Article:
|America Becomes Great Again|
Saturday, November 12, 2016
Abusing a New President
Those who proclaim “Not My President” in light of the recent Presidential election outcomes, are catching quite a bit of shit these days—and most of it coming from those who supported the winner, Donald Trump.
I’m not sure when, where, or who came up with this popular phrase, but it certainly wasn’t conceived as the election results poured in on the night of November 8, 2016.
I remember after the election of 2008 seeing newly minted bumper stickers with this phrase in my community. Now, it would be easy for me to stop here and lay the blame on the Republican, conservative-minded folk for coming up with this brand. Further, it really felt racist given how we had just elected the first Black President (even if half Black). But, I live in a heavily Republican state—so heavy that it would surely vote for a turd excreted from a Republican over a highly-qualified Democrat—and in hindsight, I suspect it was only new to me back then. Surely this same slogan was being tossed around in Democratic strongholds following the election of George W. Bush.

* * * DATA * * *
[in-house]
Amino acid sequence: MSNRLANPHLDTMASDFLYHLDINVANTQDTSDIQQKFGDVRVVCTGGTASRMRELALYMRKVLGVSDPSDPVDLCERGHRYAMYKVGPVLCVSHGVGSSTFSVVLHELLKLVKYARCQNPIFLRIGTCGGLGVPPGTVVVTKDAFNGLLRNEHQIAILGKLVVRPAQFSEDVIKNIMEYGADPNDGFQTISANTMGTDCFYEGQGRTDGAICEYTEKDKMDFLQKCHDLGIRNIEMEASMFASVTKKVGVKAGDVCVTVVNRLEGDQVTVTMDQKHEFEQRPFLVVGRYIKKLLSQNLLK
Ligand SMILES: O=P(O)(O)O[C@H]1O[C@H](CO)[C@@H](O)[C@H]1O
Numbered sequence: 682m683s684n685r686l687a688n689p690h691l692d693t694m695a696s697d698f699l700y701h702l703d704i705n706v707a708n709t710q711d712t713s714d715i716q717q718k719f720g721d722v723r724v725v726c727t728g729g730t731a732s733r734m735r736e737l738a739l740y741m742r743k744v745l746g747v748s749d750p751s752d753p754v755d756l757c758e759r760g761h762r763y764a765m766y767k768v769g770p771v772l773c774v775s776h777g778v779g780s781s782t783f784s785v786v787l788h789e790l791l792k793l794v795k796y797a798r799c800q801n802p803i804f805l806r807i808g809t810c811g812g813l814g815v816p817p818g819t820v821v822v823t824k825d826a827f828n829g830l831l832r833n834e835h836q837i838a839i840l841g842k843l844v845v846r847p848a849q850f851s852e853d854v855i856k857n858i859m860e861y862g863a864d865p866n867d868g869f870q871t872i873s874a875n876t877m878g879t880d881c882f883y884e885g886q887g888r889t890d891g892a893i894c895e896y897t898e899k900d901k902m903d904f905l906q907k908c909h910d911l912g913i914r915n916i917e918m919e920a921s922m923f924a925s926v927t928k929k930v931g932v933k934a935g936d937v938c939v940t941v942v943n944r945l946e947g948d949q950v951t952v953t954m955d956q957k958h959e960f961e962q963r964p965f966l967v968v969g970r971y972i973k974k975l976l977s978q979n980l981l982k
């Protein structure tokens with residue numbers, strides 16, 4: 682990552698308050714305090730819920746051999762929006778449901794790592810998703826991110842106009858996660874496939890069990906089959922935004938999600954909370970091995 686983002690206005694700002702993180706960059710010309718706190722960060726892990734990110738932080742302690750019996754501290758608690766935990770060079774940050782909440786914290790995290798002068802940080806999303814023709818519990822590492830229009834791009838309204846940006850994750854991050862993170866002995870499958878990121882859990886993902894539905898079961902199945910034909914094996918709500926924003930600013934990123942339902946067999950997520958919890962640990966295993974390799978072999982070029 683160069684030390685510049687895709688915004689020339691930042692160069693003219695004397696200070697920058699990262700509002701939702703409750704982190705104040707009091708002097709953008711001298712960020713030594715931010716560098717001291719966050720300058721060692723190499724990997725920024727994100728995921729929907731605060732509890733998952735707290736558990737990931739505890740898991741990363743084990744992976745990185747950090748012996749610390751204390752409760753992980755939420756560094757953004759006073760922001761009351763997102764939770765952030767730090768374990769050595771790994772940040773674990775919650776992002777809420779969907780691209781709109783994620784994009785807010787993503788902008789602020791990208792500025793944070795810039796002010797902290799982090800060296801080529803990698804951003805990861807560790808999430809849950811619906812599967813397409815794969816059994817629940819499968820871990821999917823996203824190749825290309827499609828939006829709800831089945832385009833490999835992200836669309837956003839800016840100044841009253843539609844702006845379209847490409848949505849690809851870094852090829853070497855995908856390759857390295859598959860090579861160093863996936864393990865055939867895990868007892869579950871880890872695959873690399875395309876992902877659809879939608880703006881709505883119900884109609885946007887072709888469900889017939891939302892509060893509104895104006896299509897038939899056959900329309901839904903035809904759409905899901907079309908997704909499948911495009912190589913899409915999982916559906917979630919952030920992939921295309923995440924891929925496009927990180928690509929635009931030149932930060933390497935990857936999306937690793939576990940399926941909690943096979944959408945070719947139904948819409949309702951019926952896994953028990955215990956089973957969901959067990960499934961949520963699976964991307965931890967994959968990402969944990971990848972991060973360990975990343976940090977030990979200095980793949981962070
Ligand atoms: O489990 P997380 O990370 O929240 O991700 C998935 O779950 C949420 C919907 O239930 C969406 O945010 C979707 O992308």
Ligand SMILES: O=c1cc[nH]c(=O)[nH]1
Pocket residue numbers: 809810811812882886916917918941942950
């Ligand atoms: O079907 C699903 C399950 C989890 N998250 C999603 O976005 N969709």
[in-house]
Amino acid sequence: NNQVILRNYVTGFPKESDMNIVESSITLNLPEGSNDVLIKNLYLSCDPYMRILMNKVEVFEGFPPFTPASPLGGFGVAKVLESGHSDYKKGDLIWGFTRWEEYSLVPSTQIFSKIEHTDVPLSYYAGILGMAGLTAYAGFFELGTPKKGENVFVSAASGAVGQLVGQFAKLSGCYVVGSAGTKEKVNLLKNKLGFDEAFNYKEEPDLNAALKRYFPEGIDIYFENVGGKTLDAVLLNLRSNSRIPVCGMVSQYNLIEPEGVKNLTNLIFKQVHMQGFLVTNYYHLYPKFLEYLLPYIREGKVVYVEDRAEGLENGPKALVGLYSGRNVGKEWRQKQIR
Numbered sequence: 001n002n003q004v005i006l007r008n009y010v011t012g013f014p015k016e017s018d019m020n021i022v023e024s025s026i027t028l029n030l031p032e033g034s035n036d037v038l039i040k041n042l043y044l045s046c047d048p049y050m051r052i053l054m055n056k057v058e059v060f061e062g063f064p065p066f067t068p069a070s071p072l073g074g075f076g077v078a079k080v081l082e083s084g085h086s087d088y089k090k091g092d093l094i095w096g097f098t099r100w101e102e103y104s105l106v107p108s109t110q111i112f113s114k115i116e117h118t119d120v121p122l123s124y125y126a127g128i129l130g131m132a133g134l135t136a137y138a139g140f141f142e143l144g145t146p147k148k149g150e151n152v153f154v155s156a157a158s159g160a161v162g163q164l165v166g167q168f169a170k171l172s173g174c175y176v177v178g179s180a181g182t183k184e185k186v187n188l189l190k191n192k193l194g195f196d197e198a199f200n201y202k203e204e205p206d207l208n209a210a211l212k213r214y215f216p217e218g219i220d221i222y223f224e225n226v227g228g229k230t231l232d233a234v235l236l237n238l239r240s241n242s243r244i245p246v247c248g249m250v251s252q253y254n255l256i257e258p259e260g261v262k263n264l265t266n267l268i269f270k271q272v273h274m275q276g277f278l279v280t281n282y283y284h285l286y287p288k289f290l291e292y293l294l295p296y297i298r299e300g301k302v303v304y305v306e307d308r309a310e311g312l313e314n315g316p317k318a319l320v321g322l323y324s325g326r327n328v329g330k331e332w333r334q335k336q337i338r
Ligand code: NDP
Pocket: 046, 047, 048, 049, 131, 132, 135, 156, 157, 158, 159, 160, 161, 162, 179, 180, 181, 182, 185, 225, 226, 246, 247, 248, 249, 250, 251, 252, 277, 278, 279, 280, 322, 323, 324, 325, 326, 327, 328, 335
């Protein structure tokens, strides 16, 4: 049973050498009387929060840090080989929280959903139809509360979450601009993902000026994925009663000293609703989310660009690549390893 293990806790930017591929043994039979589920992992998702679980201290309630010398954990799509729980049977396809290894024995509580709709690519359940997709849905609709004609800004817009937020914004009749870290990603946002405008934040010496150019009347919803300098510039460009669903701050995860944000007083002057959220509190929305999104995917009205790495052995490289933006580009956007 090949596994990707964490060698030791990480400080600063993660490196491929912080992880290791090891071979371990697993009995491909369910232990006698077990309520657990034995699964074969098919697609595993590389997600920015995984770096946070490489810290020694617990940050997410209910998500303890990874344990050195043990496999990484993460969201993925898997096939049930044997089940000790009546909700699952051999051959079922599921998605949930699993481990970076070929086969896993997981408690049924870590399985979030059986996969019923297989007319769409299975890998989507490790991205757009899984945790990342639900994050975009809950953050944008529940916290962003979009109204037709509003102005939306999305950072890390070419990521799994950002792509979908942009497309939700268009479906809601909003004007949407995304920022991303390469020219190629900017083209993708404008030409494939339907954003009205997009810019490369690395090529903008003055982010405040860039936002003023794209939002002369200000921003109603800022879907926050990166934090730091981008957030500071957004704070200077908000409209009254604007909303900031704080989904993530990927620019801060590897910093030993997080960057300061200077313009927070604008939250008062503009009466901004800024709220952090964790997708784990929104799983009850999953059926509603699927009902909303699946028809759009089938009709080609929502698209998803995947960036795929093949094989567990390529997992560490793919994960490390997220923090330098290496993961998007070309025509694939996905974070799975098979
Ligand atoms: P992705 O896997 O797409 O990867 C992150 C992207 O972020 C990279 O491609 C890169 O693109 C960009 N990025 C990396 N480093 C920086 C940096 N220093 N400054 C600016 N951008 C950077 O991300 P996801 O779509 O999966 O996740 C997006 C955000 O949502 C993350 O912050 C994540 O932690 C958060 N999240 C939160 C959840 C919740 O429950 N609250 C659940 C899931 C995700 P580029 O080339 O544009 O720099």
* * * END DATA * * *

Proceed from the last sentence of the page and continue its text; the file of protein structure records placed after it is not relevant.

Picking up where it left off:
So, as to the origins of this phrase, it probably isn’t as new as many of us think. And like all things that become popular, wherever it truly originated, it probably didn’t get much fanfare when it was first blurted out, but over the years—with the election of each new President—it has gained some traction.
Akin to these slogans, Presidential “nicknames” have become quite popular as well. Ones that come to mind are “Slick Willie” for Clinton, “Dubya” for George W. Bush, “Obummer” for Obama, and surely something is brewing in the wings for Donald Trump—“The Donald,” “Pussy-Grabber,” and “The Dump” are surely strong contenders as I write this.
I know these phrases and nicknames are somewhat new relative to our country’s existence. There was a time when almost all people respected the President and considered him (but sadly “never her” ) their President. But those days are gone. Are we less respectful today than say, the 1840s? Perhaps. But, I would simply lay the blame on our greater connectedness and that more people have a voice today thanks to the vast and economical communication networks that are in place. Like Gutenberg’s metal moveable type invention that lead to greater literacy for the masses, the same has taken place providing a greater voice for the individual.